The change applies to 34 products, although one year’s accounts was permitted on a single discount for term product with a maximum 75 per cent loan to value (LTV).
Dudley’s chief executive Jeremy Wood (pictured) said lower account requirements would remove some homeownership barriers faced by self-employed borrowers.
He added that there were around 4.5 million self-employed in the UK, equivalent to 15 per cent of the population, with that figure expected to grow.
Wood said: “At the same time, the world of employment, far from offering the same security to workers as it once did, is having to adapt to an economy where the cycles of upsizing and downsizing for firms are happening more frequently.
“So, although employment still retains the cachet of ‘security’ and lenders are happy with the way mortgages to the employed perform, there is no reason why we shouldn’t constantly re-evaluate the risks surrounding self-employment.”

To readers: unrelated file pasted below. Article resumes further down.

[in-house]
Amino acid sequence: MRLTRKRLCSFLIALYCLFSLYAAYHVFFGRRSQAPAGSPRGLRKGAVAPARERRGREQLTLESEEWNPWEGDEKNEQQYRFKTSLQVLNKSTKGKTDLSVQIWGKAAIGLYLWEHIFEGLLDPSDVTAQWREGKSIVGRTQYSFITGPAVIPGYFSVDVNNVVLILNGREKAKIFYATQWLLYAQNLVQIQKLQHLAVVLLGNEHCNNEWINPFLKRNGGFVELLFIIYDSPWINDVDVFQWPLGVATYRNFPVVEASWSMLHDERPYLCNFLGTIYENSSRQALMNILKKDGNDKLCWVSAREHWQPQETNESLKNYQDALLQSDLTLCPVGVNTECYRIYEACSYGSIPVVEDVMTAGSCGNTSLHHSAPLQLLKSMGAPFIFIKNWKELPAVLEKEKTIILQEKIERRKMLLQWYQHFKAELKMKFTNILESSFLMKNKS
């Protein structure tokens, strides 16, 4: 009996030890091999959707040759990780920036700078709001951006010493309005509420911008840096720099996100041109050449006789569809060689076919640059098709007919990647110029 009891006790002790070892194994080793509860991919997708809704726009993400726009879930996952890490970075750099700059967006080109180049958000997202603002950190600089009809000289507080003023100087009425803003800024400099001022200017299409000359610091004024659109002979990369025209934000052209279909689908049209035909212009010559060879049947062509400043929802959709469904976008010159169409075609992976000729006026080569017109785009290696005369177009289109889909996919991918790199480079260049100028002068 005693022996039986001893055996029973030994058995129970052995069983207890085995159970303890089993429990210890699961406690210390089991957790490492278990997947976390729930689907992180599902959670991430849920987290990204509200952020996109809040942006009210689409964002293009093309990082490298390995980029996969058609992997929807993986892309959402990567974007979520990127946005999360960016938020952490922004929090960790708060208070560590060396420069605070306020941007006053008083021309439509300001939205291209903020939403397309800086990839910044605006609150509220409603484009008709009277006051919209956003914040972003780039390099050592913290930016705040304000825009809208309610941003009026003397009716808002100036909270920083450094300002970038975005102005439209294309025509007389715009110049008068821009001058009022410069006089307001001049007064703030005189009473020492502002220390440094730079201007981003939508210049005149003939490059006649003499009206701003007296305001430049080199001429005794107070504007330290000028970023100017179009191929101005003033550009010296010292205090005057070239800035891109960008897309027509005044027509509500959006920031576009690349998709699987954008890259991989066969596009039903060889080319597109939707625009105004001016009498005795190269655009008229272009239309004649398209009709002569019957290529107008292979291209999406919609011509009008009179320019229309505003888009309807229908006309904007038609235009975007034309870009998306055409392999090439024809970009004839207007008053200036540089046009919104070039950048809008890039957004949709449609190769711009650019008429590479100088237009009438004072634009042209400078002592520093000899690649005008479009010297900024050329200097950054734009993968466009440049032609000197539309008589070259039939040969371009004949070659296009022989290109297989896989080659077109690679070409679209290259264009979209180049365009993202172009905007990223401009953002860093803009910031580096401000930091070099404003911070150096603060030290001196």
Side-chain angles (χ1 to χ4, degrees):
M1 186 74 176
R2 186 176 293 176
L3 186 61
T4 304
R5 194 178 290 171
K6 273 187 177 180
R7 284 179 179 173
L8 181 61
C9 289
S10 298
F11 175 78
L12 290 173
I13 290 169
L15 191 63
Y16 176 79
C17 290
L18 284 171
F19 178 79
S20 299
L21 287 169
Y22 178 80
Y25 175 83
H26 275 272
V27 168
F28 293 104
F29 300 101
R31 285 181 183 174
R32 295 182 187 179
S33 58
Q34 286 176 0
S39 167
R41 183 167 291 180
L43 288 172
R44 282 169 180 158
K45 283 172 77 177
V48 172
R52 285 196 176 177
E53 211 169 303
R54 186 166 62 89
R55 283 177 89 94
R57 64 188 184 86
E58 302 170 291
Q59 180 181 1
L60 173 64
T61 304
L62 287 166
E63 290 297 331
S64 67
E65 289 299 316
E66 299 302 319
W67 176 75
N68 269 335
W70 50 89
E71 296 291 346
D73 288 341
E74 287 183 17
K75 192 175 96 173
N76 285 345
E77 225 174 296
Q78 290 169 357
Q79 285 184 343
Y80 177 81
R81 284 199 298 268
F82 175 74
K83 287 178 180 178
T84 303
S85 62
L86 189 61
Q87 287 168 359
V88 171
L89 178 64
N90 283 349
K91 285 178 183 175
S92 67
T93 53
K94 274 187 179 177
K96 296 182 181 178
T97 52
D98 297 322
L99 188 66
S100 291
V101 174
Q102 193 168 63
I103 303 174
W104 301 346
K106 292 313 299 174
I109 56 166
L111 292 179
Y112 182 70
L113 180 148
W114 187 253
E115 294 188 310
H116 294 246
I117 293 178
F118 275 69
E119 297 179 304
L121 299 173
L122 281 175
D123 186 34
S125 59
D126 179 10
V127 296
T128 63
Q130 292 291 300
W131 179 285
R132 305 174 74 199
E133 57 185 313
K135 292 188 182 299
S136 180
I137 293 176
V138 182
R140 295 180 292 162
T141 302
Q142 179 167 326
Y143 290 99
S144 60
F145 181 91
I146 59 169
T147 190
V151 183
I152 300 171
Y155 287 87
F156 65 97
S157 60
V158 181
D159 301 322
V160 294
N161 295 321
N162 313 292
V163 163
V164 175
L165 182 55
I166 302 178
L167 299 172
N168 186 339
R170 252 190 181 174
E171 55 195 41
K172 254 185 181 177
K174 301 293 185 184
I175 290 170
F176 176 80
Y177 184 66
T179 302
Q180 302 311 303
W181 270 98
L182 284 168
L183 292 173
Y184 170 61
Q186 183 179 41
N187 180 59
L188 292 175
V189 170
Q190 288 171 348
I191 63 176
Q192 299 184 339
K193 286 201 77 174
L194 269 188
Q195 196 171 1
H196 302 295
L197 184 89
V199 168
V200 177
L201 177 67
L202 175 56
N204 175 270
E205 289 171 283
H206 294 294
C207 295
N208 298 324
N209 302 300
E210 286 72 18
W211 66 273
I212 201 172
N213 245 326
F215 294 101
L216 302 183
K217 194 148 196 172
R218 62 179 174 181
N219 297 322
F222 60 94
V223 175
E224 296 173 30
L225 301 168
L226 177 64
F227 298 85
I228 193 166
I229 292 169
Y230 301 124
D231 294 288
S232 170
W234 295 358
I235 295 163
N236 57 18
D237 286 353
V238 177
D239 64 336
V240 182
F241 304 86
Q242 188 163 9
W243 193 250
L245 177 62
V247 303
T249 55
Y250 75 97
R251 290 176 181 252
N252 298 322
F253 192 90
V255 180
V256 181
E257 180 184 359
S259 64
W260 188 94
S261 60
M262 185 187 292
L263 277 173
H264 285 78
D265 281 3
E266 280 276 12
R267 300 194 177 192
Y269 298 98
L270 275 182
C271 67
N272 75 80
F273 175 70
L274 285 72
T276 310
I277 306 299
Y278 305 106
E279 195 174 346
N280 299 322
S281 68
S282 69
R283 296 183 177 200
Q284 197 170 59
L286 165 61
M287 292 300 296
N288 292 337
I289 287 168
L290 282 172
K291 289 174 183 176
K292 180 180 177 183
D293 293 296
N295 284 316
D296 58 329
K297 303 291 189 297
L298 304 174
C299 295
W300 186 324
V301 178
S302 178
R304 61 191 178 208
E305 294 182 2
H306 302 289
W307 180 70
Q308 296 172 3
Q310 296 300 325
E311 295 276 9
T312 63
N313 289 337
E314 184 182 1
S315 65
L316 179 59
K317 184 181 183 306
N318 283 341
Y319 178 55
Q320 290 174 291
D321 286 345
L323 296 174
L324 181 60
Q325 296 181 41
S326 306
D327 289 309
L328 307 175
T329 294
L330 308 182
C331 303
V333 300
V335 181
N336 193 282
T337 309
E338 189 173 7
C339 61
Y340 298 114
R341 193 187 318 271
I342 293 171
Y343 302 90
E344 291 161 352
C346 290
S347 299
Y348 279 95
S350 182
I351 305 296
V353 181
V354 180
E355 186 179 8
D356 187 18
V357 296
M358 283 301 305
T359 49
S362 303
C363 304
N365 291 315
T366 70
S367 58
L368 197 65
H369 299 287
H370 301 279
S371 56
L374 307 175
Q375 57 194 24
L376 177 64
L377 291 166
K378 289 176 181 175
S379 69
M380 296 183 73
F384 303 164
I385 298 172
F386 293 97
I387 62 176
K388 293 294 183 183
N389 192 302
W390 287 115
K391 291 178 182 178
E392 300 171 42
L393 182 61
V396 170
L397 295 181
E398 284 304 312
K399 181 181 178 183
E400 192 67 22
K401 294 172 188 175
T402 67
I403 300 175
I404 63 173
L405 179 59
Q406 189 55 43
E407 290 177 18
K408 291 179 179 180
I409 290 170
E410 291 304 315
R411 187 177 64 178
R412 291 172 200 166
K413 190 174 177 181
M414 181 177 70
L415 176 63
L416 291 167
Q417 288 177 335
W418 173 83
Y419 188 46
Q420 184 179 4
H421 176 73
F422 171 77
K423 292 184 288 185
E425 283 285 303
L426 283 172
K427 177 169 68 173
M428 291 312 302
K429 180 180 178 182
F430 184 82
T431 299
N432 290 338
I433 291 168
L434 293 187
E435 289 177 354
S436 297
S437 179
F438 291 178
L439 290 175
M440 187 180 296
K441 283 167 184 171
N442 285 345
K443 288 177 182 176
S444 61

Self-employed borrowers have come under scrutiny in recent months, as the pandemic impacted income and various government support measures caused concern amongst lenders.
Lender’s applicant requirements vary, with some using an average of the last two years’ income, or the lowest figure from the past one to three years.
Earlier this year, Santander said that it would disregard the 2020 to 2021 tax year for self-employed borrowers, using 2018 to 2019 or 2019 to 2020 borrowing periods instead.
Cambridge Building Society also launched two self-employed mortgage products yesterday, requiring just one year’s accounts.